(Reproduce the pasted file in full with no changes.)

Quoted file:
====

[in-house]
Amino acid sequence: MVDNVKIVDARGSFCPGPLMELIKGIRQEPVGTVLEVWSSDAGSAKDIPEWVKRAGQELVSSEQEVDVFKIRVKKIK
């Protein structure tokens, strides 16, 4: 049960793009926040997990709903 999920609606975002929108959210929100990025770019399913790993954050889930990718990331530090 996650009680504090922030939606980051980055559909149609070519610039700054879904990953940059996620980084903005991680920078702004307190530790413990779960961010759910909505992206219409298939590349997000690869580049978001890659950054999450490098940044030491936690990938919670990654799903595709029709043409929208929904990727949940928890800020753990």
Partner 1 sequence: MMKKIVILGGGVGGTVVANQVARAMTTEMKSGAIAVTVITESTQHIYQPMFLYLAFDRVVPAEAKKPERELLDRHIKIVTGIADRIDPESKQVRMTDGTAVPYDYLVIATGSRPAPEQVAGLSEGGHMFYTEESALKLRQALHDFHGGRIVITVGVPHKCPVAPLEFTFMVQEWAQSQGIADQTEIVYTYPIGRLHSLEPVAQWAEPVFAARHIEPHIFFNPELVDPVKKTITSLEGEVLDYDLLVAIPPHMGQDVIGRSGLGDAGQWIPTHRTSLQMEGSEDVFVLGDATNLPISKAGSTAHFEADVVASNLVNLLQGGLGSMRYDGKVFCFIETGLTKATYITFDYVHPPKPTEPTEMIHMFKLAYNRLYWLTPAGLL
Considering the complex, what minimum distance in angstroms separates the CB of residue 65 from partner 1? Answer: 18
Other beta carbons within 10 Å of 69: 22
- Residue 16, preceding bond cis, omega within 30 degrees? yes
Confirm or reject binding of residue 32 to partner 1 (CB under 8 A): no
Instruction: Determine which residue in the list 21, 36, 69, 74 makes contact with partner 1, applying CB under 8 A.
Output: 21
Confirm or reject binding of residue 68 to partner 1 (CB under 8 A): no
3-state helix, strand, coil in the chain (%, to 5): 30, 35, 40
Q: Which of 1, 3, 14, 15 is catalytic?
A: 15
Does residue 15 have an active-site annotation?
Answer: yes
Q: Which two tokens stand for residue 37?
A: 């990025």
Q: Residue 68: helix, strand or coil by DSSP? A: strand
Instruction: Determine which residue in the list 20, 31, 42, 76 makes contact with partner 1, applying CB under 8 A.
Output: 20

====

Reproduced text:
[in-house]
Amino acid sequence: MVDNVKIVDARGSFCPGPLMELIKGIRQEPVGTVLEVWSSDAGSAKDIPEWVKRAGQELVSSEQEVDVFKIRVKKIK
């Protein structure tokens, strides 16, 4: 049960793009926040997990709903 999920609606975002929108959210929100990025770019399913790993954050889930990718990331530090 996650009680504090922030939606980051980055559909149609070519610039700054879904990953940059996620980084903005991680920078702004307190530790413990779960961010759910909505992206219409298939590349997000690869580049978001890659950054999450490098940044030491936690990938919670990654799903595709029709043409929208929904990727949940928890800020753990």
Partner 1 sequence: MMKKIVILGGGVGGTVVANQVARAMTTEMKSGAIAVTVITESTQHIYQPMFLYLAFDRVVPAEAKKPERELLDRHIKIVTGIADRIDPESKQVRMTDGTAVPYDYLVIATGSRPAPEQVAGLSEGGHMFYTEESALKLRQALHDFHGGRIVITVGVPHKCPVAPLEFTFMVQEWAQSQGIADQTEIVYTYPIGRLHSLEPVAQWAEPVFAARHIEPHIFFNPELVDPVKKTITSLEGEVLDYDLLVAIPPHMGQDVIGRSGLGDAGQWIPTHRTSLQMEGSEDVFVLGDATNLPISKAGSTAHFEADVVASNLVNLLQGGLGSMRYDGKVFCFIETGLTKATYITFDYVHPPKPTEPTEMIHMFKLAYNRLYWLTPAGLL
Considering the complex, what minimum distance in angstroms separates the CB of residue 65 from partner 1? Answer: 18
Other beta carbons within 10 Å of 69: 22
- Residue 16, preceding bond cis, omega within 30 degrees? yes
Confirm or reject binding of residue 32 to partner 1 (CB under 8 A): no
Instruction: Determine which residue in the list 21, 36, 69, 74 makes contact with partner 1, applying CB under 8 A.
Output: 21
Confirm or reject binding of residue 68 to partner 1 (CB under 8 A): no
3-state helix, strand, coil in the chain (%, to 5): 30, 35, 40
Q: Which of 1, 3, 14, 15 is catalytic?
A: 15
Does residue 15 have an active-site annotation?
Answer: yes
Q: Which two tokens stand for residue 37?
A: 């990025």
Q: Residue 68: helix, strand or coil by DSSP? A: strand
Instruction: Determine which residue in the list 20, 31, 42, 76 makes contact with partner 1, applying CB under 8 A.
Output: 20